My brain has instinctually recorded and translated her cries, given me a crash-course in Piperspeak. I can tell from the other room when she is hungry, overtired, or scared. I almost always know what she wants or needs, and it is a way of knowing that goes to the very core of my being. This has led to a few crazy-making moments when someone else will be holding her and she starts to cry, and the other person will say "oh, she's wet" or "I think she wants to go outside" or "She just wants her Grandma" *coughmymomcoughcough* when I absolutely know that she's hungry. But I am nice, I do not snatch the baby out of the arms of the other person and say "You're doing it wrong" even though I really want to. I let the other person try their solution for a few minutes. I let them try and pretend that her red-eyed, real-tears-dripping, banshee-howl crying with Extra Vibrato For That Pissed-Off Feeling means she really did want to go outside or be hugged extra-tight or have an extra blanket put on or whatever it is the person thinks she needs that is totally the wrong thing. I let all the Amateur Baby Experts take their turn. And in the end, many of them hand her back to me and say "she needs to eat" or "she's hungry" in some super-authoritative voice, like I was the one holding things up in the first place. Which sometimes makes me want to cry, but I suck it up because I am a nice person and I know that everybody wants a little baby time and I'm trying not to be a bitch by refusing to share.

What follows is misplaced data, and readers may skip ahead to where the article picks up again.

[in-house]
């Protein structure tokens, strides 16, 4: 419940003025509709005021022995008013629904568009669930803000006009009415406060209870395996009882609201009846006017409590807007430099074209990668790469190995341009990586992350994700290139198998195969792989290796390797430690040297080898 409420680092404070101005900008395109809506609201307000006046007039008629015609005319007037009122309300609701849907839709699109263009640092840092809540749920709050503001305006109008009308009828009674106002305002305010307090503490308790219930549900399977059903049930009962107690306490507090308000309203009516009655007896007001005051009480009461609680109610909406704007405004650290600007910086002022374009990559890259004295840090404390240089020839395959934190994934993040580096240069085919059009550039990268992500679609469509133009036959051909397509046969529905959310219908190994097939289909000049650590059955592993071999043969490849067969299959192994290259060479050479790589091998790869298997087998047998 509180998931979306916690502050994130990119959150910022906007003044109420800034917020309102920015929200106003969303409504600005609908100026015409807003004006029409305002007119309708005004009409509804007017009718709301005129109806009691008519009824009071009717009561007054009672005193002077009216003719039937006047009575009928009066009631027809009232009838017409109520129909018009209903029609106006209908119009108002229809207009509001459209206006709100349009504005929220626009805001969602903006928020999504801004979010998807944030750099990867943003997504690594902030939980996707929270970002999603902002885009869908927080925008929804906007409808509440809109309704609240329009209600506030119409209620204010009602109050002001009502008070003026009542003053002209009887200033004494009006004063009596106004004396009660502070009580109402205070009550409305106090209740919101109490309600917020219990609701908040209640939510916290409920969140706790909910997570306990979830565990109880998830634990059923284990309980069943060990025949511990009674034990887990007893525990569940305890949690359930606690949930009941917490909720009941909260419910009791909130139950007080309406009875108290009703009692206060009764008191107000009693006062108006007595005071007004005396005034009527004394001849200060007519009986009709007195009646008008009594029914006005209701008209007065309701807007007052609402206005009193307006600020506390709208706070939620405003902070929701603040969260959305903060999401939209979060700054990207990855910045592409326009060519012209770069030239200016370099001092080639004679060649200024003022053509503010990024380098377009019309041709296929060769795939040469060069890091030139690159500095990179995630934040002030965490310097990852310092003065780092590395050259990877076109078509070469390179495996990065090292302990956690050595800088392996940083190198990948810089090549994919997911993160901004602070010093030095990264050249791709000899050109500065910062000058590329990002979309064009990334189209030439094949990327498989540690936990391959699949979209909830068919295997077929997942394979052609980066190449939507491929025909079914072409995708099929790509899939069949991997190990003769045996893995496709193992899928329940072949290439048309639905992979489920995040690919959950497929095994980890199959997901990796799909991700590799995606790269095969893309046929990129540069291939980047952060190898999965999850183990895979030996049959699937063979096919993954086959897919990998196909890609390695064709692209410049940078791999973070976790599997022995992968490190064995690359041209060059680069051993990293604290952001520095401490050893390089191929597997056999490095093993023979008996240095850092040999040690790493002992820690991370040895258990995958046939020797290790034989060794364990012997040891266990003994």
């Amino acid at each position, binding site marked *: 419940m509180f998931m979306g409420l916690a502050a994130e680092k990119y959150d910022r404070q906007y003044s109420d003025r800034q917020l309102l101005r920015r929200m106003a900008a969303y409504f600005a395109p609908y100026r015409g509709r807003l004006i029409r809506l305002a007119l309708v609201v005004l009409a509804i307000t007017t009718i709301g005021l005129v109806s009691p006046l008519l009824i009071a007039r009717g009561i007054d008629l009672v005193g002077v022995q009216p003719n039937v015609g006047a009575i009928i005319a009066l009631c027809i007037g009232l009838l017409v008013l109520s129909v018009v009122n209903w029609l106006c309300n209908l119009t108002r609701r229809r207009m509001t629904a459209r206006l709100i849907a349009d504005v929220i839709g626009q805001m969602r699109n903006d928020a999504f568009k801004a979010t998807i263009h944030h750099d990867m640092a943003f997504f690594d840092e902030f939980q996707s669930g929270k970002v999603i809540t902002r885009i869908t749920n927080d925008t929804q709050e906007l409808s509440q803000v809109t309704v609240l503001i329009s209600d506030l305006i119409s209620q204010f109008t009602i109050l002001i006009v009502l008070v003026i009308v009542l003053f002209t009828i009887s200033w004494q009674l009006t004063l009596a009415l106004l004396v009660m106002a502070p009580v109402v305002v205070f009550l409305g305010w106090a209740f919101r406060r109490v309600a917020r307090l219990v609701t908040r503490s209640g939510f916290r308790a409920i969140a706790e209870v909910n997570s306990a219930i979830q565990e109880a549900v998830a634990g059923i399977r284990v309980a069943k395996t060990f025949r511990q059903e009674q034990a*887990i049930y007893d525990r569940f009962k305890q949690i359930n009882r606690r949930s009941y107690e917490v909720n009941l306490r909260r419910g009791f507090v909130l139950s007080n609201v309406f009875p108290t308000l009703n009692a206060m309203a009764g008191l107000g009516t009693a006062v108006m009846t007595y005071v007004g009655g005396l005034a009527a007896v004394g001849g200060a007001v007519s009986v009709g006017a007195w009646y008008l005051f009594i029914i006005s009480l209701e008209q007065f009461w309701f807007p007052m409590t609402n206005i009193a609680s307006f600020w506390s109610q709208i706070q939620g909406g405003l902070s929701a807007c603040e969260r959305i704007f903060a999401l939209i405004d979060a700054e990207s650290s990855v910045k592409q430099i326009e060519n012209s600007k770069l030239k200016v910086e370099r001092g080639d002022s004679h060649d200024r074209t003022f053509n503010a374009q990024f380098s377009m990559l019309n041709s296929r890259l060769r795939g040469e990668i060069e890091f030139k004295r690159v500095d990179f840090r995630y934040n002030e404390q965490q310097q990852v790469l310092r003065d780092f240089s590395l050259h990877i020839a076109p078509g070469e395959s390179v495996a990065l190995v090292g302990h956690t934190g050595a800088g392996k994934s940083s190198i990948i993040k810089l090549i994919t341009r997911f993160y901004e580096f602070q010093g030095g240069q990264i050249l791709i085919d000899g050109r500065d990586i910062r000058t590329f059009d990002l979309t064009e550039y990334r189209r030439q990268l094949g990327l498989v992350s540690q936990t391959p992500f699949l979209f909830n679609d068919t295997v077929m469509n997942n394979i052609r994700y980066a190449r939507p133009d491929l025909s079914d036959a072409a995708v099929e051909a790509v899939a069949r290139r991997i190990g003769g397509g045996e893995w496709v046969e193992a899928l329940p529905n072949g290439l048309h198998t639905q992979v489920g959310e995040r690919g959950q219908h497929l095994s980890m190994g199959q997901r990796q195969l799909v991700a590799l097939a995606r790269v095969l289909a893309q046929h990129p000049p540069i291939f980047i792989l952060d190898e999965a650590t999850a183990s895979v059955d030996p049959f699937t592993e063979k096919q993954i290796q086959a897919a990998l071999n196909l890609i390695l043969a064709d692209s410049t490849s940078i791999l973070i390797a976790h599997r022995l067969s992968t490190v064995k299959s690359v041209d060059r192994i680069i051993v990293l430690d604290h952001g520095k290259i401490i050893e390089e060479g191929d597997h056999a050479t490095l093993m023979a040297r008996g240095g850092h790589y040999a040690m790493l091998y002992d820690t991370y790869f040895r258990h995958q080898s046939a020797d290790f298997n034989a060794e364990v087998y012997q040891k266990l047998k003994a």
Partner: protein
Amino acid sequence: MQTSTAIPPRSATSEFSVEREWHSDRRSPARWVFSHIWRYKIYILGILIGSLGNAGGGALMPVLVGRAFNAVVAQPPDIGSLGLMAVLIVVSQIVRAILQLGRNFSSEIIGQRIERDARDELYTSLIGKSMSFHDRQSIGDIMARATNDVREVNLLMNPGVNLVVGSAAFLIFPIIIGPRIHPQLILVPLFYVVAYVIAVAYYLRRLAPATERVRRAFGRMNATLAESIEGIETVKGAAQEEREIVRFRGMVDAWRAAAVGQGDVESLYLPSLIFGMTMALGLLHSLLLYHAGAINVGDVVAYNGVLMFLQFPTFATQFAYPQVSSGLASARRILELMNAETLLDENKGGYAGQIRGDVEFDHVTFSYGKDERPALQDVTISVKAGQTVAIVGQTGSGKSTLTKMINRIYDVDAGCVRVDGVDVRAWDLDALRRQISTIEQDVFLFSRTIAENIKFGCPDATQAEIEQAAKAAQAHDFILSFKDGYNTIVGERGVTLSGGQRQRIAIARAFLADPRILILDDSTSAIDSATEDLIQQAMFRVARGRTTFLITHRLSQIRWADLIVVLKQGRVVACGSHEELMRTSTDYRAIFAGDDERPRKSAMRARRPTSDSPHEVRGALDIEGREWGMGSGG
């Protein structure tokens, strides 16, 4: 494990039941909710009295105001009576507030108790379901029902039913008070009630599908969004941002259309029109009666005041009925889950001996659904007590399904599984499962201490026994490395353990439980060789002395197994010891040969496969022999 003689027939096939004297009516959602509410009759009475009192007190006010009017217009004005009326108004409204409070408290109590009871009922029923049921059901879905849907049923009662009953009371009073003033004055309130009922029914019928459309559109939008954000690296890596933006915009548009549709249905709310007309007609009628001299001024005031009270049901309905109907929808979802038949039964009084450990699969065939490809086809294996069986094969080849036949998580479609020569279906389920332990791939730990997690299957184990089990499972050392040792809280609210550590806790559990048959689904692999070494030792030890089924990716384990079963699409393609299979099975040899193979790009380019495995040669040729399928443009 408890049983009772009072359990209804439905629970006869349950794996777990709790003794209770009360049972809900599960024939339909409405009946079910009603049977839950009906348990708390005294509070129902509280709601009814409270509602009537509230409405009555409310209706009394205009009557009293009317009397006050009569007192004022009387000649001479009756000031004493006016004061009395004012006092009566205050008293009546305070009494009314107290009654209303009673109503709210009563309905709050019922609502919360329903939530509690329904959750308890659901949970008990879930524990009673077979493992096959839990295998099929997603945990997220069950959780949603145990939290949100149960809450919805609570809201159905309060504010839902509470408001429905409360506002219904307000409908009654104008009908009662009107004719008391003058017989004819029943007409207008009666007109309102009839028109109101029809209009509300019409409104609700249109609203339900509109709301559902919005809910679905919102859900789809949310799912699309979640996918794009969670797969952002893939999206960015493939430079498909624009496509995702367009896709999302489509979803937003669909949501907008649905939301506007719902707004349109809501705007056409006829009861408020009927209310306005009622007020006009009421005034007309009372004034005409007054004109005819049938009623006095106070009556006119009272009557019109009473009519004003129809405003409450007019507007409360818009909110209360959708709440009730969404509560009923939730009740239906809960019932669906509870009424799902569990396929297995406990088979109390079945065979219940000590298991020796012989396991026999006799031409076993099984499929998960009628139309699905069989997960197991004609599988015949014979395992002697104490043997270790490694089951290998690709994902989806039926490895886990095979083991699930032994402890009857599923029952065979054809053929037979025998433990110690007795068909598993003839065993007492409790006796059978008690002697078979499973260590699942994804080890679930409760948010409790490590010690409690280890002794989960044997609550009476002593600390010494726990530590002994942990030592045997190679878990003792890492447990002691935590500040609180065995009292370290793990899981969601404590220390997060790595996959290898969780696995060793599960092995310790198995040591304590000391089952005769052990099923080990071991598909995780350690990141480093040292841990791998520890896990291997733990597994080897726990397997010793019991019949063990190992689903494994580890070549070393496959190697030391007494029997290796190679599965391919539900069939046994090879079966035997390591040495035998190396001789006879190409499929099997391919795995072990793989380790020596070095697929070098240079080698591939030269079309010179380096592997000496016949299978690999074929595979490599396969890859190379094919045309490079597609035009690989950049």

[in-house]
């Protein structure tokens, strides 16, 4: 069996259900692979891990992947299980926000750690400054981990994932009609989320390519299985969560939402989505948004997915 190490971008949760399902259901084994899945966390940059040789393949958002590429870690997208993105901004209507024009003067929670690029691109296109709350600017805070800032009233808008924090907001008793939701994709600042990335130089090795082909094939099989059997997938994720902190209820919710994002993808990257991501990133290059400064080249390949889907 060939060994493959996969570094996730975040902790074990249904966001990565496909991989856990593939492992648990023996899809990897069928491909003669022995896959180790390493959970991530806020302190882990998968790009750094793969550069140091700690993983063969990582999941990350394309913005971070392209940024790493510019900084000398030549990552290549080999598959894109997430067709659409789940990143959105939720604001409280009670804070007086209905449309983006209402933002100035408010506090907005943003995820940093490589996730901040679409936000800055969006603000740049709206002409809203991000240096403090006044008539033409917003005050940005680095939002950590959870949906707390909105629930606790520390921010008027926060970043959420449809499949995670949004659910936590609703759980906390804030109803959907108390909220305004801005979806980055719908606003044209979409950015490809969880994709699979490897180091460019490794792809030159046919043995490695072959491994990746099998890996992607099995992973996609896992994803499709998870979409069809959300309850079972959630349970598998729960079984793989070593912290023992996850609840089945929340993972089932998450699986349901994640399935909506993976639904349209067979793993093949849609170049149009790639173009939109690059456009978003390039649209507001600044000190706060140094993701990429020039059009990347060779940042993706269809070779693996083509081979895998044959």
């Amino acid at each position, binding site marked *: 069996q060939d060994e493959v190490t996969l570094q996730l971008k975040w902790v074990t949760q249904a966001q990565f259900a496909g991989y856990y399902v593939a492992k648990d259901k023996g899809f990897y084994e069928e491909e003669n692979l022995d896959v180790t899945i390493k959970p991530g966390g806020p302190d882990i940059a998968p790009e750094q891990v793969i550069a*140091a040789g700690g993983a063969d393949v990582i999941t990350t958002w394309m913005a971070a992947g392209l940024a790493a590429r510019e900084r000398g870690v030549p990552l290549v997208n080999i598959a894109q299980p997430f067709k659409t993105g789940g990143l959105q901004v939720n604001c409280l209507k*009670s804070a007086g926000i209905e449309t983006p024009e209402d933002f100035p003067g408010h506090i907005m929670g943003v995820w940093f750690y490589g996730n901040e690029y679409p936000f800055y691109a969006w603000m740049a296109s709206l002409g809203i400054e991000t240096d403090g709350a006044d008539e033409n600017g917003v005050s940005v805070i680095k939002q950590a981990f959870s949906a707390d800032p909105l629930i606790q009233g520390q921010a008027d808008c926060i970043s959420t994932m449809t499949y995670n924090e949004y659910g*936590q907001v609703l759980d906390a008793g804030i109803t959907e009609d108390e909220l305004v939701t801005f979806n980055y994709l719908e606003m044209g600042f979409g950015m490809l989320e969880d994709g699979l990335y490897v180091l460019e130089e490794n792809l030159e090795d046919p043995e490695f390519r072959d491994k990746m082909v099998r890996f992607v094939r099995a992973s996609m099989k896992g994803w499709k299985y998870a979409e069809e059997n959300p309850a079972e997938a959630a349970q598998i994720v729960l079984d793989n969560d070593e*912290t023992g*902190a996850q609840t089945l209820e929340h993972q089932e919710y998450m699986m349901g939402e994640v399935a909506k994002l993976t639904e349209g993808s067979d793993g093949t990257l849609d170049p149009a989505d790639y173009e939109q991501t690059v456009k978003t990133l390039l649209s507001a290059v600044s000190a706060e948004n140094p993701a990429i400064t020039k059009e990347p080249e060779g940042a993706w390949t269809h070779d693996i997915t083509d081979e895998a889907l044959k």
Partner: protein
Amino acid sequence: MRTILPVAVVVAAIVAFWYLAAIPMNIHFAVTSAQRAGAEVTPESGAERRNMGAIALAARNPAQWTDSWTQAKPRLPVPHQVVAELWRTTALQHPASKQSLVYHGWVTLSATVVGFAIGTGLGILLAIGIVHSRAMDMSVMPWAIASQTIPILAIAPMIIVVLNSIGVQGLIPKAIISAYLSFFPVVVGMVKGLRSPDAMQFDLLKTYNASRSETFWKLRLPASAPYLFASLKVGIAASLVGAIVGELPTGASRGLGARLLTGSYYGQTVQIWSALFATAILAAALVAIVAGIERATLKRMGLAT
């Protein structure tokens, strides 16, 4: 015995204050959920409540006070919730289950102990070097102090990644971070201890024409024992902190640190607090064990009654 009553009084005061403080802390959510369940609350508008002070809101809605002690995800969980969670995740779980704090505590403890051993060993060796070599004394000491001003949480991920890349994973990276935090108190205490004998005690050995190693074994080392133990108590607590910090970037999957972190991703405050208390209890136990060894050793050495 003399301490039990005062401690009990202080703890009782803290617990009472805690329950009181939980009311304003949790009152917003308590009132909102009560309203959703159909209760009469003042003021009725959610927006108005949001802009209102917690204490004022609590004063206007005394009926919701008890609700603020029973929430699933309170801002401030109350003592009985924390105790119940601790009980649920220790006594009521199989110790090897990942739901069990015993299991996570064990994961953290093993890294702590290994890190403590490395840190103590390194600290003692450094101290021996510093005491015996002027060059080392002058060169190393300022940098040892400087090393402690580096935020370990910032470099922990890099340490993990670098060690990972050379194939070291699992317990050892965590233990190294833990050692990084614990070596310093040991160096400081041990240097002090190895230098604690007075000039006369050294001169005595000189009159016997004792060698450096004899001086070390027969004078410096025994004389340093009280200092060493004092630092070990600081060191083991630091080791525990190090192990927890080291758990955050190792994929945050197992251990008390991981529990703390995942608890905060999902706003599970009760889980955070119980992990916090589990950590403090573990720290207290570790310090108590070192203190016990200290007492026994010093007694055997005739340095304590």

I love my baby, but I do not say things like "I didn't know what love was until she came into my life" or "I can't imagine my life without her" because they are not true. I was told to expect an overwhelming rush of love, something strangling and drowning-deep. I am still waiting for that. It's more a creeping kind of love, a growing sort of love that is as matter-of-fact as her existence in our lives. It is there, every day, just as she is.